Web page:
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April 15, 1988 - Image 95

Resource type:
Text
Publication:
The Detroit Jewish News, 1988-04-15

Disclaimer: Computer generated plain text may have errors. Read more about this.

hilsum

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HARVARD ROW MALL
11 Mile Road at Lahser

that despite the warm bath of
praise he enjoyed in Cairo,
Egypt has little to give hav-
ing given it all when it signed
its own peace treaty with
Israel nine years ago.
"I don't see a quick solution
to the Arab-Israel conflict,"
one senior political source in
Jerusalem told me this week.
"The Shultz initiative is
largely an exercise in public
relations. The simple fact is
that Israel does not have a
partner for negotiations.
"Jordan is too weak to enter
negotiations alone, Syria and
the Palestinians say no. So
who and what are we talking
about?
"There is a value in diplo-
matic maneuvering for its
own sake, and Israel should
certainly give the initiative
its qualified approval. But it
is clear that behind all the
public relations there is a
void."
The sense of incredulity
that accompanied the secre-
tary of state on his latest
whirlwind mission were dissi-
pated in the slipstream of his
departing jet, but it has been
replaced by yet more awesome
questions.
Will Shultz be able to carry
it off? Will the promise of
peace — albeit unfulfilled —
drown out the message of the
militants and defuse their
threat? Or will the disap-
pointment engendered by
heightened expectations
serve to accelerate the process
of radicalization?
According to Dr. Asher Sus-
ser, a Middle East expert at
l Aviv University, both Is-
rael and Jordan want to
maintain the appearance of
political momentum: "Nei-
ther is interested in a total
breakdown for fear of the
alternative — war.
"The Egyptians are also in-
terested in fostering the polit-
ical process because a war
would put them in a very
tough spot. Even the Soviet
Union is interested in the fic-
tion of a political process. Bet-
ter that than people coming
to the conclusion that all is
hopeless," he said.
"No one really likes the
Shultz initiative, but many
want to see the process con-
tinue — if only for the sake of
the process."
According to the senior po-
litical source in Jerusalem,
the Shultz initiative was
doomed to failure, but it has
had one concrete effect: it has
translated the conflict from
regional to global terms.
"In the regional arena,
Shultz has failed. What is im-

portant now is what happens
at the global level. I cannot
see any change from within
the area — such change can
only come through outside in-
tervention — from joint action
by the United States and the
Soviet Union.
"But is the United States
prepared to relinquish its ex-
clusivity and allow the Soviet
Union an equal role in the
diplomatic process? And if it
is, will it really want to put
pressure on Israel? I'm not
sure."

1

"'"1 N EWS

World Council
Raps Embassy

Geneva (JTA) — The World
Council of Churches has
criticized the International
Christian Embassy in Jeru-
salem, which is hosting its se-
cond Christian Zionist Con-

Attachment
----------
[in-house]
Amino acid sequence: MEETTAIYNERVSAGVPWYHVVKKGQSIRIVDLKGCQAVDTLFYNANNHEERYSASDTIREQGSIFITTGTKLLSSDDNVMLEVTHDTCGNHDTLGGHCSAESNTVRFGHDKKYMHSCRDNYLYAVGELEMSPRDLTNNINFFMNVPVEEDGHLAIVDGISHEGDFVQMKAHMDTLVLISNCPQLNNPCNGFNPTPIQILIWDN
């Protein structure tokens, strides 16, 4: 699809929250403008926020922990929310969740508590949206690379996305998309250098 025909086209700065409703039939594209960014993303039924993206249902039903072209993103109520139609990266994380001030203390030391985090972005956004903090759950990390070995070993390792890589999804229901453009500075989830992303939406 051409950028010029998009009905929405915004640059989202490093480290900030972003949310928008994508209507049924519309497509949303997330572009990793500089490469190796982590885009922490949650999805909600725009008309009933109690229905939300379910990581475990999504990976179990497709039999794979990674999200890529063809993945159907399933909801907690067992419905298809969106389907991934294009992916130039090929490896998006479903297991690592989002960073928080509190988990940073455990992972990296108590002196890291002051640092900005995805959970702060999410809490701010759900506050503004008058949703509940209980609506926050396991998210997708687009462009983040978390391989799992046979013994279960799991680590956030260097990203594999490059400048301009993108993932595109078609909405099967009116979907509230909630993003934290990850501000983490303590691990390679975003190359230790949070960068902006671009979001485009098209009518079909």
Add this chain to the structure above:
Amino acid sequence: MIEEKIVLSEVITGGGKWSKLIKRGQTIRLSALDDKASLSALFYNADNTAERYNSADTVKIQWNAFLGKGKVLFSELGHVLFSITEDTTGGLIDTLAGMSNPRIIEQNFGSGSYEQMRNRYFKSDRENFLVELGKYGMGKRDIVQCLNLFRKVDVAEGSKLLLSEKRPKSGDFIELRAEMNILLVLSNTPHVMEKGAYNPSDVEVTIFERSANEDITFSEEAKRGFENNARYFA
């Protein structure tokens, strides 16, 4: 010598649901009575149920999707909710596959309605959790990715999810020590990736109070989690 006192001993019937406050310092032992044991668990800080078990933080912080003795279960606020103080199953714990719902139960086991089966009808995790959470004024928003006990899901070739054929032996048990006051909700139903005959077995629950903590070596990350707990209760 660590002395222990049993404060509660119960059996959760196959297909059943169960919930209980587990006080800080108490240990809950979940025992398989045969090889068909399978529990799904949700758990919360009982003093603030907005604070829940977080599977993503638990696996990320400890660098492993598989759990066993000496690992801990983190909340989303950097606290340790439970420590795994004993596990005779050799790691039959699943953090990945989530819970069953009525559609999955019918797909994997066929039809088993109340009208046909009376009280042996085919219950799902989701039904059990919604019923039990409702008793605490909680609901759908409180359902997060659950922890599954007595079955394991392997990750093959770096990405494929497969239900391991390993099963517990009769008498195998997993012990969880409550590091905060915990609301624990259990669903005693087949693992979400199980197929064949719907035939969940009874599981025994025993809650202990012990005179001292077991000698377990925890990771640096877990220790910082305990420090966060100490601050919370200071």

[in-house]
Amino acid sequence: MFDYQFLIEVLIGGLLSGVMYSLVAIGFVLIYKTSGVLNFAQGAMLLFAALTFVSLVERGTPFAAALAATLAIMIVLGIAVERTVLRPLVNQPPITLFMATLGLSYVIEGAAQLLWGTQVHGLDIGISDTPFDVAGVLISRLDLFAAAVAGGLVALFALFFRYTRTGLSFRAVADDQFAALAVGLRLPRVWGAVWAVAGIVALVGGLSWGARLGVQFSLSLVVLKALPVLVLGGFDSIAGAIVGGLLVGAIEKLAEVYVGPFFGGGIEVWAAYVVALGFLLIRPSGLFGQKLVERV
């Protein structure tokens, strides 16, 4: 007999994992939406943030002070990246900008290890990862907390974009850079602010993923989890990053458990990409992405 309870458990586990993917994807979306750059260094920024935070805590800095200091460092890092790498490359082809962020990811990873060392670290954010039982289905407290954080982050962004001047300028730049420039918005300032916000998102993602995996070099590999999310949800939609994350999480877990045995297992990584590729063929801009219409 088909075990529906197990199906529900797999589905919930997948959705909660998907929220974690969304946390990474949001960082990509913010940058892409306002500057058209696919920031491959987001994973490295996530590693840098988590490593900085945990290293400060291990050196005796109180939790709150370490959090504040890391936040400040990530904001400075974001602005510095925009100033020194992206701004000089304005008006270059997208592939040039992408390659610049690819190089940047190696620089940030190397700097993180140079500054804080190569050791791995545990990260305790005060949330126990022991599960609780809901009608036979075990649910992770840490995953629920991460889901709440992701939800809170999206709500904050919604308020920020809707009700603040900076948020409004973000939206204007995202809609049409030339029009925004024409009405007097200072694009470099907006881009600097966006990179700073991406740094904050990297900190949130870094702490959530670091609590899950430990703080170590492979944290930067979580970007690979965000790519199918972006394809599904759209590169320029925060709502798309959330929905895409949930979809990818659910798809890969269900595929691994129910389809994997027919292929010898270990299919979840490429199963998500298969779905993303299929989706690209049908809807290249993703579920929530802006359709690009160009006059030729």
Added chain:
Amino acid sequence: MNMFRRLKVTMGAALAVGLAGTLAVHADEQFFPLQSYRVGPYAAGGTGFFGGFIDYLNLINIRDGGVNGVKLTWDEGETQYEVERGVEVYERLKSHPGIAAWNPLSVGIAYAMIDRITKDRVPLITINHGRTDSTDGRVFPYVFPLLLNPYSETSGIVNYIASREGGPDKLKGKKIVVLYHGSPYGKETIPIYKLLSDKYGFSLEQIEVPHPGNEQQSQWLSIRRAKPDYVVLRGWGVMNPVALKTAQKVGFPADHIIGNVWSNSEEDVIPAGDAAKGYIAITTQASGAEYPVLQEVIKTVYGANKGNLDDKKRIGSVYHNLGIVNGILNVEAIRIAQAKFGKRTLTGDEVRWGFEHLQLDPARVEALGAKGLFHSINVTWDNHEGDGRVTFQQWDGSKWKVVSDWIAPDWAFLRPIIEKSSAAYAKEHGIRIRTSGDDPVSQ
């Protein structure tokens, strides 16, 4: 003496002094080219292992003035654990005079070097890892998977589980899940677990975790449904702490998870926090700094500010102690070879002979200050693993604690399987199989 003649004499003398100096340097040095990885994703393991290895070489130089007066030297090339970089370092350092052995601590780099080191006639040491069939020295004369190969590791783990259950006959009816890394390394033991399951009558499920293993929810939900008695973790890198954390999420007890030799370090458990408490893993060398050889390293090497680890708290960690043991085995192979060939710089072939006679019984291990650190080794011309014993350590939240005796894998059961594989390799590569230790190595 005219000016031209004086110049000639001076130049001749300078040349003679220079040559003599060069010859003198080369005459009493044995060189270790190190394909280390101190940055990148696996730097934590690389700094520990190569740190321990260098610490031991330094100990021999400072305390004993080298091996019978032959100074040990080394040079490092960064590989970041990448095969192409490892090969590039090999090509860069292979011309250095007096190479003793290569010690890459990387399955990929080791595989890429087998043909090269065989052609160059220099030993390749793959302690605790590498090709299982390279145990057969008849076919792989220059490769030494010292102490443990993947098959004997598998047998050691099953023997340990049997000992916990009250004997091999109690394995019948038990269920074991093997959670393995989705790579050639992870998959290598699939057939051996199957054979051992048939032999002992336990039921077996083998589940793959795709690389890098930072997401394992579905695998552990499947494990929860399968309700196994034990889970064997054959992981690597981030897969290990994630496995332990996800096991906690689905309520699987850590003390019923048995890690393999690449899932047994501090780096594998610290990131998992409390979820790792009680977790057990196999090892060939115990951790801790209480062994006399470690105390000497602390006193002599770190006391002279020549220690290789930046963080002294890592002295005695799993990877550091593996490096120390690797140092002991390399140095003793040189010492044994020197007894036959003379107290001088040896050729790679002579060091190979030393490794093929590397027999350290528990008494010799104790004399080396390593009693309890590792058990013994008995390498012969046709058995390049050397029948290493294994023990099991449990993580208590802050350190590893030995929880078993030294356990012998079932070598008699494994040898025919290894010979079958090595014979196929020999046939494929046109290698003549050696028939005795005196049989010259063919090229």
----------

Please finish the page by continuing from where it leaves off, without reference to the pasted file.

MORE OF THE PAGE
gress from April 10 to 14.
The , council's statement
was written by Gabriel
Habib, secretary general of
the Middle East Council of
Churches.
It expressed concern that
the presence at the congress
of 7,000 to 10,000 Western
Christians to support Israeli
policies would be detrimental
to the Christian presence in
the region.
The congress will be part of
Israel's 40th anniversary
celebrations.
The embassy was opened in
1980 in response to the
withdrawal of all foreign em-
bassies afer Israel formally
proclaimed Jerusalem as its
capital.

Emunah Women

New York — Emunah
Women of America will hold
a national convention on
April 24, at Lincoln Square
Synagogue in New York.
Speakers will include Ari
Goldman, New York Times
correspondent; Joseph
Thlushkin, author and lec-
turer; and Ivriah Levine,
chairman of World Emunah.

Inouye Honored

New York — Over 1,700
leaders of Jewish organiza-
tions from across the country
wil gather to pay tribute to
Sen. Daniel K. Inouye of
Hawaii, at the 76th anniver-
sary banquet of the National
Council of Young Israel on
April 17 at the Sheraton
Center Hotel in New York.

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Special representatives

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THE MICHIGAN COALITION OF SECULAR AND HUMANISTIC JEWS

presents

GERSHON
WEILER
Professor, Tel Aviv University and

International Institute of Secular Humanistic Judaism, Jerusalem

"WHO IS A JEW—A SECULAR VIEW"

and
Presentation of Coalition Leadership Award to

SELMA GOODE

Executive Director Jewish Labor Committee
Chair, Workmen's Circle District Committee

SATURDAY, APRIL 23, 1988, 10:00 A.M.
at the BIRMINGHAM TEMPLE

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$10 includes Awards Luncheon

The Michigan Coalition of Secular and Humanistic Jews is the joint undertaking of
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The Ann Arbor Jewish Cultural School and Society
The Workmen's Circle
The Jewish Parents Institute
The Sholem Aleichem Institute

For Reservations Call 477-1410

I

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